Pietermaritzburg - Two determined women are behind a huge victory by farmers against a major company, Sungu Sungu Gas (Pty) Ltd, which was seeking to explore a vast area of farmland in KwaZulu-Natal and the Free State for oil and gas.
Sungu Sungu Gas withdrew its exploration application in the face of pending legal action set down in the High Court in Pretoria on Tuesday, admitting there were flaws in the legal processes it followed.
Qualified but non-practising attorney and dairy farmer Adele Slater from Elandslaagte in KZN and Cecile Wykes, a chemical engineer and farmer from the Free State, joined forces to find ways to thwart the proposed exploration application by Sungu Sungu over a 565 000 ha area.
The women successfully mobilised affected farmers into supporting legal action against the mining giant.
“Had the farmers’ associations not worked together, put their trust in the legal system and put up the money to fund the appeal and court application this exploration process would have continued unabated,” said Slater.
“The extent of the exploration areas and number of properties, landowners and occupants affected was enormous. The prospect of effectively opposing the applications was initially overwhelming and seemingly impossible.”
She said when faced with the threat of exploration the public tends to focus on the environment and fracking. “However, these applications are first and foremost legal processes that can grant extensive rights to exploration companies and negatively impact on the rights of landowners and occupants. Exploration companies must earn the right to explore on privately owned land and to do that they must comply with the law.”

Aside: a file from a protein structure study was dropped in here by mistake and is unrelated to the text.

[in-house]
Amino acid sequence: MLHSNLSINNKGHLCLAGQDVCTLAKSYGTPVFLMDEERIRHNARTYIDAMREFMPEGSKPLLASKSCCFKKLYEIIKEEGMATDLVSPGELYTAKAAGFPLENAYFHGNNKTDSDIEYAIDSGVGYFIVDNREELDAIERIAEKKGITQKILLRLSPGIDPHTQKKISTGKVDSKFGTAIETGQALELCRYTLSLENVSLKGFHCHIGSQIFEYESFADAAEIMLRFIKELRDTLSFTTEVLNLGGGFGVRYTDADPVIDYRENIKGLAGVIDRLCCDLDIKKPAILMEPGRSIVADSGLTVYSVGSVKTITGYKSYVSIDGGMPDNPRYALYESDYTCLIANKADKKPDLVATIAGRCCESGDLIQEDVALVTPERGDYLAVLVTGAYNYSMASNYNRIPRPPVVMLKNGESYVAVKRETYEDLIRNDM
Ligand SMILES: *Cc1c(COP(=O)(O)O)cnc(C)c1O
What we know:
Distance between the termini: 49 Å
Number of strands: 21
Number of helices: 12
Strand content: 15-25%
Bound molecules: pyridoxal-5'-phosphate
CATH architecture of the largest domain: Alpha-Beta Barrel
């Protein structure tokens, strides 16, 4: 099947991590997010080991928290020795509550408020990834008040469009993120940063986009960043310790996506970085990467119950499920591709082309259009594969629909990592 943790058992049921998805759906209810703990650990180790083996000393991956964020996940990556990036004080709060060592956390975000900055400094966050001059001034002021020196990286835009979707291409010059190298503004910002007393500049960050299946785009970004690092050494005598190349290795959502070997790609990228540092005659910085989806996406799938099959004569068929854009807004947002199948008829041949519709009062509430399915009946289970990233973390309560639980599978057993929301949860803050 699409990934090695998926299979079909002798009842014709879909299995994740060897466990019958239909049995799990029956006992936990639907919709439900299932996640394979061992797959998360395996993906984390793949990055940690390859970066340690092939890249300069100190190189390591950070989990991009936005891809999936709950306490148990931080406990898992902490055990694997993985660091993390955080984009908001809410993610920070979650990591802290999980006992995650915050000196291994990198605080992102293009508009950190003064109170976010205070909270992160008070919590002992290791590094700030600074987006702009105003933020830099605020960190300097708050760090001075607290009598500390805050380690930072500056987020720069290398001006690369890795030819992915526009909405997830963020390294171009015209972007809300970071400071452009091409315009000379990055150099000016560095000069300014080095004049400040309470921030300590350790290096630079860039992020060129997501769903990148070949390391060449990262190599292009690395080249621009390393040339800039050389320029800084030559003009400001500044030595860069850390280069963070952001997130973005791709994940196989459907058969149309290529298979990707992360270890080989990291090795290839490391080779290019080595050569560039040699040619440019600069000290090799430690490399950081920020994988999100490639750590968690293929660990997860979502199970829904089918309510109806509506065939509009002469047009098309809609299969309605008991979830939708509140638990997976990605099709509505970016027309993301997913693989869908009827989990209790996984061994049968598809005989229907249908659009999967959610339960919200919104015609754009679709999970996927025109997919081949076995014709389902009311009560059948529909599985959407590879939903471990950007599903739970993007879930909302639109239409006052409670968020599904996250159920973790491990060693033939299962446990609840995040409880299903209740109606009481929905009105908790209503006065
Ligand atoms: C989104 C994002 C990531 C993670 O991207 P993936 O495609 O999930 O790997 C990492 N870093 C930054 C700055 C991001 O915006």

Slater said because of her legal background she believes it is more effective to oppose an exploration application on legal grounds because if you succeed the whole application falls away.
“When opposing an application on environmental grounds you have to prove that every hectare of the exploration area is a ‘no go’ zone for the application to be defeated.”
Am application by Motuane Energy (pty) Ltd) to explore a 77 490 hectare area incorporating farms in Ladysmith, Besters, Elandslaagte, Normandien and Vrede, is currently proceeding. However, Slater said that while Motuane had not withdrawn its application, the company has advised that it is not going to oppose the court application.
A major flaw in the process followed by Sungu Sungu when lodging its exploration application was the company’s alleged failure to adequately inform landowners and interested parties of the fact that an application for an exploration right had been submitted.
The papers recorded that once a prospecting right is granted by the minister of Mineral Resources, “serious inroads” are made on a landowner. The prospecting company has the right to enter a person’s land, together with any “plant, machinery or equipment and build, construct or lay down any surface, underground (or undersea) infrastructure required”.
The company may also (subject to the National Water Act) use any water sources on the land.
“It is therefore apparent that once an exploration right has been granted it will have seriously prejudicial effects on the rights of a landowner to his own land …” the court papers stated.